Blacks Make Up a Large Share of Students With Some College Credits But No Credentials

With overall enrollments in colleges and universities have decreased, many educational institutions and local governments are mounting efforts to encourage students who had earned some credits but had dropped out of college, to return to school to get their credentials. While nearly a million of these students returned to college in the 2020-21 academic year, their numbers were lower than the increase in students who left school without earning a degree.

A new report from the National Student Clearinghouse Research Center finds that the Some College, No Credential (SCNC) population has reached 40.4 million, up 1.4 million from 39.0 million in the previous year. A lack of re-enrollment and 2.3 million new students who did not return to college drove this large growth. All 50 states experienced growth in the SCNC population. All SCNC outcome indicators (re-enrollment, completion, and perseverance) declined from the previous year.

Black students made up 13.8 percent of all enrolled undergraduate students but 19.4 percent of all students who entered college in 2013 or later and who have not earned a credential.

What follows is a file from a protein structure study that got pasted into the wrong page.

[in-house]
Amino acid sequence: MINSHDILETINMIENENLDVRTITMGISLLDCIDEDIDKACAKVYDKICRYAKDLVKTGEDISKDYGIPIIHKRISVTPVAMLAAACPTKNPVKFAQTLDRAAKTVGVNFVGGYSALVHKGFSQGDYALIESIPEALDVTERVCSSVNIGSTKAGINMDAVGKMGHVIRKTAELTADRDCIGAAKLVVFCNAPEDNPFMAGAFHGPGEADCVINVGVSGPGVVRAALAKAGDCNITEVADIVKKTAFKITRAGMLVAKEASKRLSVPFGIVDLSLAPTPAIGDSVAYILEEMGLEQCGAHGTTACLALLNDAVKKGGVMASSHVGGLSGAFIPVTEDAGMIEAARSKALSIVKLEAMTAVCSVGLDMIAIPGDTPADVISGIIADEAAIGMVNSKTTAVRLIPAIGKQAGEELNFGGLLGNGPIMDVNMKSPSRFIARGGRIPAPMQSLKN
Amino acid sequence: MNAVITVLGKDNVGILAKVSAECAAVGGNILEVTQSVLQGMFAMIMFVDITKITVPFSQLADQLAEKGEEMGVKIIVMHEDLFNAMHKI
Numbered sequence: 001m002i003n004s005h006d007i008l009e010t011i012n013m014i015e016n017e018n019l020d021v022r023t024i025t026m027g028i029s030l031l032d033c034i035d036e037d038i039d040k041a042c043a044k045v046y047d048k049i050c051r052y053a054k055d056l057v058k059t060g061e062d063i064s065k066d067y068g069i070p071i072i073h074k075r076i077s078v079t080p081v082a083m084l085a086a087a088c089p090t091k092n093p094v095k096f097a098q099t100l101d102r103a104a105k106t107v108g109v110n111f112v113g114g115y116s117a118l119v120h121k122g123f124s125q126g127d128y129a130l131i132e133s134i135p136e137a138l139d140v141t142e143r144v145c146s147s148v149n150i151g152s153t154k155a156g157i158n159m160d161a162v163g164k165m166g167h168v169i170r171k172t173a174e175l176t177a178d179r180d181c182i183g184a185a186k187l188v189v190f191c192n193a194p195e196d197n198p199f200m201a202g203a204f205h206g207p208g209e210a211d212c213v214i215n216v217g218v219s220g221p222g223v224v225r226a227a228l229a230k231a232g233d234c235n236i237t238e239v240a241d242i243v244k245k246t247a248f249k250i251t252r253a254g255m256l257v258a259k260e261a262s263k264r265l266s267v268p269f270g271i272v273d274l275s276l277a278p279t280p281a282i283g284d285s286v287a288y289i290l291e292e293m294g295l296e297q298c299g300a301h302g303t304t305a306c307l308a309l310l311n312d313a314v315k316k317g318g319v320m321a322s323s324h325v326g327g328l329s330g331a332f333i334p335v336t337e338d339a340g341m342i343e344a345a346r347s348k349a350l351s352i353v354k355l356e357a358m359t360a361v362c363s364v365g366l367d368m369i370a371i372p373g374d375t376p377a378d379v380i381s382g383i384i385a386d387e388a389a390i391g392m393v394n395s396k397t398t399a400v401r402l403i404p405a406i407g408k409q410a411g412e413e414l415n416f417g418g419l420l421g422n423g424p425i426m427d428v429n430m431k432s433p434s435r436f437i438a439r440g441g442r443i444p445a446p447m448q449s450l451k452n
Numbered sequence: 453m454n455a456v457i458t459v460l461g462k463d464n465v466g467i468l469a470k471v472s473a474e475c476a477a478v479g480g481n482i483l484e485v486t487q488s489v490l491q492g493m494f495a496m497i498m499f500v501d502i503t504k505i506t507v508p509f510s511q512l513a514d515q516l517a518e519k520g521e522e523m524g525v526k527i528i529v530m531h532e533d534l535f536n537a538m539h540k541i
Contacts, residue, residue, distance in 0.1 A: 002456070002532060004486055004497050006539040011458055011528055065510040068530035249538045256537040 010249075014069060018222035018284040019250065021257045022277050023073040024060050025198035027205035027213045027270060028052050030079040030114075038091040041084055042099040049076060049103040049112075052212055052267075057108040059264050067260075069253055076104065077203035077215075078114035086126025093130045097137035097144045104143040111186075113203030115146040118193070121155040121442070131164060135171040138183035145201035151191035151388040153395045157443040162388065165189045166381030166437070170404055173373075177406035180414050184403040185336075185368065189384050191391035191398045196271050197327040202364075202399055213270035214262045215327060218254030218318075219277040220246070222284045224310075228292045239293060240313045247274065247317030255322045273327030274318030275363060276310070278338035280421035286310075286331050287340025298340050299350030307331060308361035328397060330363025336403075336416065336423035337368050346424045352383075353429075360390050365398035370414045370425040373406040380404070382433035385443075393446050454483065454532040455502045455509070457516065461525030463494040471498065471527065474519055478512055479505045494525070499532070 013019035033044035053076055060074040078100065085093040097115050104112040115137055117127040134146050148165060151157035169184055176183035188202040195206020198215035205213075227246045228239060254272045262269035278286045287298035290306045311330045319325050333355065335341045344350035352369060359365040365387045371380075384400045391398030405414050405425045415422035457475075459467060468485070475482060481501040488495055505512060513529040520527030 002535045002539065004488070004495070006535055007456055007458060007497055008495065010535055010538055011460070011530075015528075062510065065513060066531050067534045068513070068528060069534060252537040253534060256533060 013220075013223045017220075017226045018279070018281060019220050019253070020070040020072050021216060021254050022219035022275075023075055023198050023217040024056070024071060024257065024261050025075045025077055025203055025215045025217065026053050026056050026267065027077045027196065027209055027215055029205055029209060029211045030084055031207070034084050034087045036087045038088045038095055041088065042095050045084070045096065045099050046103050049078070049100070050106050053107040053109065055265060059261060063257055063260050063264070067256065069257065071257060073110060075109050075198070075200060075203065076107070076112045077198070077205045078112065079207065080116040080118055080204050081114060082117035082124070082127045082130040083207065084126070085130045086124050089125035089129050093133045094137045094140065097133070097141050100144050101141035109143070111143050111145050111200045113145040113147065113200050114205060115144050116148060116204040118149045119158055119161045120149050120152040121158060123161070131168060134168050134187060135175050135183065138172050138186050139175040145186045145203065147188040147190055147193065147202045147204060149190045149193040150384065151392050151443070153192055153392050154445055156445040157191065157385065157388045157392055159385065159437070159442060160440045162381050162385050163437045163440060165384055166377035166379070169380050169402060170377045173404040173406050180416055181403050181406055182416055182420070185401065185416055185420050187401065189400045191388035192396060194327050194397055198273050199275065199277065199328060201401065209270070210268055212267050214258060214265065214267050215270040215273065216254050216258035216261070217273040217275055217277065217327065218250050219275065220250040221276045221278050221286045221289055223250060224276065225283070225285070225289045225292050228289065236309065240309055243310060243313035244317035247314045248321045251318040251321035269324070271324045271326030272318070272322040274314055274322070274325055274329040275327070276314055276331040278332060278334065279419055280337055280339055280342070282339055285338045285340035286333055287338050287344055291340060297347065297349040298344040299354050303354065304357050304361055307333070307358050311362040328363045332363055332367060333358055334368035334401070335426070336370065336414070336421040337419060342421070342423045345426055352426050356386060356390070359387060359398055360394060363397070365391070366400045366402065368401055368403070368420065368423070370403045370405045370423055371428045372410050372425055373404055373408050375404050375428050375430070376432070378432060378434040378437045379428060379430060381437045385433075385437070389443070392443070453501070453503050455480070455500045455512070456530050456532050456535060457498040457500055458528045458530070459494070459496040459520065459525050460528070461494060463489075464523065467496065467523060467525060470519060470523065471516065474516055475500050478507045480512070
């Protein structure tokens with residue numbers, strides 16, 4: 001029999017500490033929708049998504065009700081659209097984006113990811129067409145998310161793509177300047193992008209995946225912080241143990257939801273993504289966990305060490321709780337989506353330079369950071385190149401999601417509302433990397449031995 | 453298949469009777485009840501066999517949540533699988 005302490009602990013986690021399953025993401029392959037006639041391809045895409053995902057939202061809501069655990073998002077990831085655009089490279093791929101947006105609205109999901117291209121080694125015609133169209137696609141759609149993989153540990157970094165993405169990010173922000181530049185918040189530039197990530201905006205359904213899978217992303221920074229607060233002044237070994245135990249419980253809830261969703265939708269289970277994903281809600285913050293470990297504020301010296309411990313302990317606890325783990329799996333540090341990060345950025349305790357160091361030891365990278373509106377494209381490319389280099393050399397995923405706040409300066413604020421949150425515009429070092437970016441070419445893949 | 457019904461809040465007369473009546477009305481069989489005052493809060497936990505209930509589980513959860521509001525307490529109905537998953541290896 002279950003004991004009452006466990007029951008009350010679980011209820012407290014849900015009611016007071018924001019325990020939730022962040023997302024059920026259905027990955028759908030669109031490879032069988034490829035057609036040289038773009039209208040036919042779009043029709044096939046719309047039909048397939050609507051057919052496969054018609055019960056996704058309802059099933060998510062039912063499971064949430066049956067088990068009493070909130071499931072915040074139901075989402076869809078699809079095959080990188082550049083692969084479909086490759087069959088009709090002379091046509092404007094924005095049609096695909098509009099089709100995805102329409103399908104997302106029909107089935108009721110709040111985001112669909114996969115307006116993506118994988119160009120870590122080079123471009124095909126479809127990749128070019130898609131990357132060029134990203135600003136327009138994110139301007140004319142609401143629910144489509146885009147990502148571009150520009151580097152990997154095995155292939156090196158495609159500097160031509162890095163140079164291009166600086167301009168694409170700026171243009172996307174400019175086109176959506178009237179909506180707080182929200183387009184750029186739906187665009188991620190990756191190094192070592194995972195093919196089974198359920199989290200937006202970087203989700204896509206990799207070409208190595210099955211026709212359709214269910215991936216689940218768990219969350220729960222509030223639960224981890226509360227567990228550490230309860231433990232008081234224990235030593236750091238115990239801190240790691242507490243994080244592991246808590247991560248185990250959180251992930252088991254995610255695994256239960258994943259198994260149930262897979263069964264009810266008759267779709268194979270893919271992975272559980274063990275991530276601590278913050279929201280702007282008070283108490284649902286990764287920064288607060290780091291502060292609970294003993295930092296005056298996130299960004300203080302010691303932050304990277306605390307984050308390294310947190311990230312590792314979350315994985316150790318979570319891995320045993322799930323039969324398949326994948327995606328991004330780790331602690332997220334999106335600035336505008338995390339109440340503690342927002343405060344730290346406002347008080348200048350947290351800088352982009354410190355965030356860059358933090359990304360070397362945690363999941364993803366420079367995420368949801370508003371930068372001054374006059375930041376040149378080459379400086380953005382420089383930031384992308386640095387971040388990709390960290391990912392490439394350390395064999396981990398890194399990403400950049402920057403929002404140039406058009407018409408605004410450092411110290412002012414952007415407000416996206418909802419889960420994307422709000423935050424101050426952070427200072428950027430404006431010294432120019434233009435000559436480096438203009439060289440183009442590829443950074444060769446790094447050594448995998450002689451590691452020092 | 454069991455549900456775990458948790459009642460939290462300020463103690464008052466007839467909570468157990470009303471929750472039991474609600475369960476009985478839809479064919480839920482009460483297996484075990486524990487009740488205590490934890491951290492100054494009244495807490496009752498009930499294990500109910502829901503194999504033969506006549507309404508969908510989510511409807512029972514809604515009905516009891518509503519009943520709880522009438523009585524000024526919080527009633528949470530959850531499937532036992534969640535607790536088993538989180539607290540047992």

Of the 944,200 SCNC students that re-enrolled in higher education in the 2020-21 academic year, 508,700, or nearly 54 percent, were still enrolled a year later and 6.4 percent had earned a credential. For Black SCNC students who re-enrolled in the 2020-21 academic year, 50.4 percent were enrolled a year later and 5.0 percent had earned a credential. The percentage of Black SCNC students who re-enrolled in the 2020-21 academic year who remained enrolled or had earned a credential was the lowest of any racial or ethnic group.

The full report, Some College, No Credential Student Outcomes, may be downloaded here.

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